Ki Bolche Bangla: In Nandigram, Memories, Martyrs & Mir Jafars

The historic town of Nandigram in East Midnapore has come to be the epicentre of the West Bengal Elections 2021.

West Bengal
8 min read

The epicentre of the West Bengal elections 2021 has undoubtedly been Nandigram, in the East Midnapore district.

The Trinamool Congress (TMC) contender from this historic town is none other than party chief and West Bengal Chief Minister Mamata Banerjee herself. Against her, the Bharatiya Janata Party (BJP) has fielded, her once protege, Suvendu Adhikari, who is also the saffron brigade's star acquisition from the TMC this poll season.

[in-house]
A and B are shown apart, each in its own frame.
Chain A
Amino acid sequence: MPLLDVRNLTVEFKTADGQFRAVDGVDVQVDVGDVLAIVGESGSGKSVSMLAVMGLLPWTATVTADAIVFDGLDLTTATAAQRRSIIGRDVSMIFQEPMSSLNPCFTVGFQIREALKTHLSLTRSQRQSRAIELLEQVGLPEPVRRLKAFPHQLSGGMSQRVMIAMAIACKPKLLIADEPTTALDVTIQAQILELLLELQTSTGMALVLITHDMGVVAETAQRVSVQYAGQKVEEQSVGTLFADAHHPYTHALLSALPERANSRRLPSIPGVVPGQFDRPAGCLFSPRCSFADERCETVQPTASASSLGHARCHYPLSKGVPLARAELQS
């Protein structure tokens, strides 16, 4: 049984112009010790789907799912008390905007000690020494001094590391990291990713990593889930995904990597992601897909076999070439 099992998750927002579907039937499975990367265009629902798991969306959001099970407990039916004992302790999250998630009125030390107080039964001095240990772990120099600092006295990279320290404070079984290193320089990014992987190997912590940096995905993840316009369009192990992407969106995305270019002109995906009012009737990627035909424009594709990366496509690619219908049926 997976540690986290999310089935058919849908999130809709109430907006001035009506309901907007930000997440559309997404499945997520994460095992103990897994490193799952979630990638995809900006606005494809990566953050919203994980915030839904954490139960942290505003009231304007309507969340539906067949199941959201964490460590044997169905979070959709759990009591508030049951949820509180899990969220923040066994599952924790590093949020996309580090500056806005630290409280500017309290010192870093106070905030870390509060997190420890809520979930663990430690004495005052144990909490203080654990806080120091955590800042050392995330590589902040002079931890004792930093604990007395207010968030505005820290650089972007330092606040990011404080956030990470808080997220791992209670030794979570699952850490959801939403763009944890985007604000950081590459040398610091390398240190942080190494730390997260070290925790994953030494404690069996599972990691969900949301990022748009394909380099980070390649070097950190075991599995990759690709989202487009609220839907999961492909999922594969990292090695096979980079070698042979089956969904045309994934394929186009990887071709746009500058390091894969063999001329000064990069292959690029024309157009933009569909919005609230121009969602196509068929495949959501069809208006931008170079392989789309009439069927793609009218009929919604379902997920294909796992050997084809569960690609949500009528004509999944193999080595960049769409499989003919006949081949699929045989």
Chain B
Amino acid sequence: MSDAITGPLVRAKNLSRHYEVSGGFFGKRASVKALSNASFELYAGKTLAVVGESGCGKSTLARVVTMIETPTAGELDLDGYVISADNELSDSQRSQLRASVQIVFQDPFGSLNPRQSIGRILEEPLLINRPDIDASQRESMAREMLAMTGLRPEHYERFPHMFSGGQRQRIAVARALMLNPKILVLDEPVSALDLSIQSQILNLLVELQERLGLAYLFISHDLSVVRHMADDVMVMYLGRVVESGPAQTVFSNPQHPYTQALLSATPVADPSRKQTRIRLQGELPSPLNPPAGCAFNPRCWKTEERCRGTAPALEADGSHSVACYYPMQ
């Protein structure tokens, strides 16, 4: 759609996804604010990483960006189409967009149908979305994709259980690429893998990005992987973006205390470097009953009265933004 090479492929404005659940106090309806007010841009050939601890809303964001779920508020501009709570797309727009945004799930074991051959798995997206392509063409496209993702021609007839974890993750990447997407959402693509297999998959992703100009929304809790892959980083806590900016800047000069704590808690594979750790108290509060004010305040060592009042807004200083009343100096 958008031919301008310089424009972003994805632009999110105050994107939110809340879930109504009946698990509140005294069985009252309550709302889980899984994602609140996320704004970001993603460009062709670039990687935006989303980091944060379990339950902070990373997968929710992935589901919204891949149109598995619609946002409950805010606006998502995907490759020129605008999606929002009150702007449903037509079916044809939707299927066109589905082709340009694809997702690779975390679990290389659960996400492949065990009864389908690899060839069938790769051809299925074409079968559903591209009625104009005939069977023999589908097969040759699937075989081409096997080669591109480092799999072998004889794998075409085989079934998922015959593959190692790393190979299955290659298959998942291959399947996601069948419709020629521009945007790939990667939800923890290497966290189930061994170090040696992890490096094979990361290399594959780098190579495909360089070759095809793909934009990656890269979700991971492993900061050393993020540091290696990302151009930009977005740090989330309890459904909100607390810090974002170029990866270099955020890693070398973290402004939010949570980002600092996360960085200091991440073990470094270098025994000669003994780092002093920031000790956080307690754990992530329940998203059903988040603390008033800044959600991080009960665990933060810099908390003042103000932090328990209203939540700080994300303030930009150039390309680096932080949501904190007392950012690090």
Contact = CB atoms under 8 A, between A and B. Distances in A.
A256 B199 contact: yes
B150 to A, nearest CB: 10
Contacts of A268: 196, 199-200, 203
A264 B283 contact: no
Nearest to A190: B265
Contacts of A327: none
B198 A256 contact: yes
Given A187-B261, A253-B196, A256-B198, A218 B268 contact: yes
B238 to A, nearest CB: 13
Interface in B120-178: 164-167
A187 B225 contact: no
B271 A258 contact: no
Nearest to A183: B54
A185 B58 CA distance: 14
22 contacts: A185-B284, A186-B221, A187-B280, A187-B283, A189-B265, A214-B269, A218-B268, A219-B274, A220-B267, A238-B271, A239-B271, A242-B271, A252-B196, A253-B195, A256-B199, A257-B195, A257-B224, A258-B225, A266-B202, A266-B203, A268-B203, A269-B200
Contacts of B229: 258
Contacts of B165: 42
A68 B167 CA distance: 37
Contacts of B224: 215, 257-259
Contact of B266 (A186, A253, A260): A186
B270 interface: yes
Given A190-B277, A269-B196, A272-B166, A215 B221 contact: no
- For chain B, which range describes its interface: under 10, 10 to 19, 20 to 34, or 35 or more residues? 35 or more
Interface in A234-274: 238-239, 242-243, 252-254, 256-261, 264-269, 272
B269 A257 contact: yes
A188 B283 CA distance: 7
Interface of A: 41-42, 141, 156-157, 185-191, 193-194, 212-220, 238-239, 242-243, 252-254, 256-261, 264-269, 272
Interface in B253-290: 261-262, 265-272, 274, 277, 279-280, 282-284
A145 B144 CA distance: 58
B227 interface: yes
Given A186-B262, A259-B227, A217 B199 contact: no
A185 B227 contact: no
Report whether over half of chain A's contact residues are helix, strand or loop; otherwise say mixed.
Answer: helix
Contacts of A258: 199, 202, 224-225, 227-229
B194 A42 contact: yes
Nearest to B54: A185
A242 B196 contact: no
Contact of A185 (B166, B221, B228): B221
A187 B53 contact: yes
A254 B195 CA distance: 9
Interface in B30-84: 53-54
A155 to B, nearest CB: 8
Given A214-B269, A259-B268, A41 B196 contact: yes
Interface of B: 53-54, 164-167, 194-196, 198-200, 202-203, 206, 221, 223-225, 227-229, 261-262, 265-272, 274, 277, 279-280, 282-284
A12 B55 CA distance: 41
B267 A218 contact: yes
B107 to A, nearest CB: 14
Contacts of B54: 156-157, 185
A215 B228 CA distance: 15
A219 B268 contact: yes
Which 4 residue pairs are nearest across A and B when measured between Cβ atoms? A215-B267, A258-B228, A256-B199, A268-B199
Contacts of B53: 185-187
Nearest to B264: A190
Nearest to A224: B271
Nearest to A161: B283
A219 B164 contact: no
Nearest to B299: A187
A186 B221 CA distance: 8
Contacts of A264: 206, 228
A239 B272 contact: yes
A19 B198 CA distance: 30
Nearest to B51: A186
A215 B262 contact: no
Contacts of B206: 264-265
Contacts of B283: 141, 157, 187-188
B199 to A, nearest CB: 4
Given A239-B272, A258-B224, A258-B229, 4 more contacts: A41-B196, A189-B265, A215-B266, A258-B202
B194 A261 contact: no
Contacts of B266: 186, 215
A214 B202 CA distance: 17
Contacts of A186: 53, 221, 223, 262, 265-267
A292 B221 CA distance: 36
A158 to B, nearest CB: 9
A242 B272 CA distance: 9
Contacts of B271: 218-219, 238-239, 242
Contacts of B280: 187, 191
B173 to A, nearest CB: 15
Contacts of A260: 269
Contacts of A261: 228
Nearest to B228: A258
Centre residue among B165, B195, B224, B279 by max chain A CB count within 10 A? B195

In the first episode of Ki Bolche Bangla, The Quint's new election series from Bengal, we travel to Nandigram to understand how its history affects today's vote, and what people have to say about this high stakes battle between Dada and Didi.

Bhule Jabo Nijer Naam, Bhulbo Naa Nandigram

Nandigram rose to national prominence in 2007 due to massive, violent anti-land acquisition protests against the then Left Front government in the state.

The government wanted to acquire 10,000 acres of land in Nandigram to create a Special Economic Zone (SEZ) in order to build a chemical hub by Indonesian firm, Salim Group.

Most of the land that the government was trying to acquire, however, was agricultural land.

To protect their land and livelihood, the villagers of Nandigram laid seige in the area, as thousands took to the protests.

The Left government responded with aggression.